Magnan came to Retief's side as they moved toward the salon.
"The Ambassador's remarks were addressed chiefly to you, Retief," he said. "Your laxness in these matters is notorious. Naturally, I believe firmly in democratic principles myself—"
"Have you ever had a feeling, Mr. Magnan, that there's a lot going on here that we don't know about?"
Magnan nodded. "Quite so. Ambassador Crodfoller's point exactly. Matters which are not of concern to the Nenni are of no concern to us."
"Another feeling I get is that the Nenni aren't very bright. Now suppose—"
"I'm not given to suppositions, Retief. We're here to implement the policies of the Chief of Mission. And I should dislike to be in the shoes of a member of the staff whose conduct jeopardized the agreement that will be concluded here tonight."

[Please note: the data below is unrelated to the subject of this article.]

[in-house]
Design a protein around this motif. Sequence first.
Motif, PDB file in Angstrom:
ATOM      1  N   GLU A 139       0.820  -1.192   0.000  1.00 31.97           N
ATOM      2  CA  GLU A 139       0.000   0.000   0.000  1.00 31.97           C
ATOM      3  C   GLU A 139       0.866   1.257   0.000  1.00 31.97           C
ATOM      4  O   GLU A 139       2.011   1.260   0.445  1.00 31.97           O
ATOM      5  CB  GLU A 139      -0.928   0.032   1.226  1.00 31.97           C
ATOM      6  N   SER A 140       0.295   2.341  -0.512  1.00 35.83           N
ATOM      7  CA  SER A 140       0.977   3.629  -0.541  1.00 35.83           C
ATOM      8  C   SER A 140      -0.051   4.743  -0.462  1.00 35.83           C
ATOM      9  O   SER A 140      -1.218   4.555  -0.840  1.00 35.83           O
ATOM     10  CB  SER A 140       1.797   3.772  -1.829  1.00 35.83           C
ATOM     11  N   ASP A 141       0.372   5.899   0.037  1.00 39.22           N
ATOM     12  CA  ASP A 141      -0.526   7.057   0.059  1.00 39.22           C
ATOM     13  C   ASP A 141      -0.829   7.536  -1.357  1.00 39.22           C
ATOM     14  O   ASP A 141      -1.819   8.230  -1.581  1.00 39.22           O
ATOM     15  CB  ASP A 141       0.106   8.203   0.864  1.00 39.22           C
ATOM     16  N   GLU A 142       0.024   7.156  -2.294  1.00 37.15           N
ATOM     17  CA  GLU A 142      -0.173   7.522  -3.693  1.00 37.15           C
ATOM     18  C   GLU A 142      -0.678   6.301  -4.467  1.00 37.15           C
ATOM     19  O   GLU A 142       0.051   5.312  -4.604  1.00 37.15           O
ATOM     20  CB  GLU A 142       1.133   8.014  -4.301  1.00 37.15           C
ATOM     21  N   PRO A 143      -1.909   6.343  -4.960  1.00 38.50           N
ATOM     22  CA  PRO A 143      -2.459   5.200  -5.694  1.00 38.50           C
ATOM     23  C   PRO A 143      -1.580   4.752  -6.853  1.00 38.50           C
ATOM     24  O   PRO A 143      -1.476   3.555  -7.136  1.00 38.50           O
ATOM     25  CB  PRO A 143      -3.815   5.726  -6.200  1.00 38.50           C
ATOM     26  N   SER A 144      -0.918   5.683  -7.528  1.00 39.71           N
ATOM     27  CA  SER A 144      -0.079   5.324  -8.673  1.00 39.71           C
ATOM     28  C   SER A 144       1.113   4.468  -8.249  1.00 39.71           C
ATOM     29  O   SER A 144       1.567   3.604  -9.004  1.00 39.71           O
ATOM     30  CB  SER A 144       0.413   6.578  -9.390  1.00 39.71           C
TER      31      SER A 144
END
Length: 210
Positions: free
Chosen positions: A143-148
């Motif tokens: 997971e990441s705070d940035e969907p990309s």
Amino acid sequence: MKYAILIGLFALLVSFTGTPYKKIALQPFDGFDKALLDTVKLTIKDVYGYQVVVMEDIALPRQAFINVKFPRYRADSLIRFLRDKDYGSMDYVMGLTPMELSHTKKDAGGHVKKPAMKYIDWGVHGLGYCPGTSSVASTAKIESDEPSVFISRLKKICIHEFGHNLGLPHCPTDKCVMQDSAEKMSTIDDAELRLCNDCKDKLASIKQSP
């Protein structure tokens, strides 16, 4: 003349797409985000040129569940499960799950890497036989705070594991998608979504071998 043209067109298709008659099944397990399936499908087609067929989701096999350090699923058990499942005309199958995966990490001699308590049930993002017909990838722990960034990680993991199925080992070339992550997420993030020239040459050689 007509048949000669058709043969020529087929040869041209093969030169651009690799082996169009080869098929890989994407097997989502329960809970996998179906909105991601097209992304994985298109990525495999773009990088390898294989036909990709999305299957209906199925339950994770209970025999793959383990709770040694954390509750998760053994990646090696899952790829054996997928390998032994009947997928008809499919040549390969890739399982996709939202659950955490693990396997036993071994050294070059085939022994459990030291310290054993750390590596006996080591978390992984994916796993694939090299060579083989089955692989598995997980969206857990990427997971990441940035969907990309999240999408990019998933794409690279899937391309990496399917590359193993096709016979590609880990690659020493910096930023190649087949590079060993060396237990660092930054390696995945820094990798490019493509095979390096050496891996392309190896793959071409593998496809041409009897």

A bearer with a tray of drinks rounded a fluted column, shied as he confronted the diplomats, fumbled the tray, grabbed and sent a glass crashing to the floor.
Magnan leaped back, slapping at the purple cloth of his pants leg. Retief's hand shot out to steady the tray. The servant rolled terrified eyes.
"I'll take one of these, now that you're here," Retief said. He took a glass from the tray, winking at the servant.
"No harm done," he said. "Mr. Magnan's just warming up for the big dance."
A Nenni major-domo bustled up, rubbing his hands politely.
"Some trouble here?" he said. "What happened, Honorables, what, what...."
"The blundering idiot," Magnan spluttered. "How dare—"
"You're quite an actor, Mr. Magnan," Retief said. "If I didn't know about your democratic principles, I'd think you were really mad."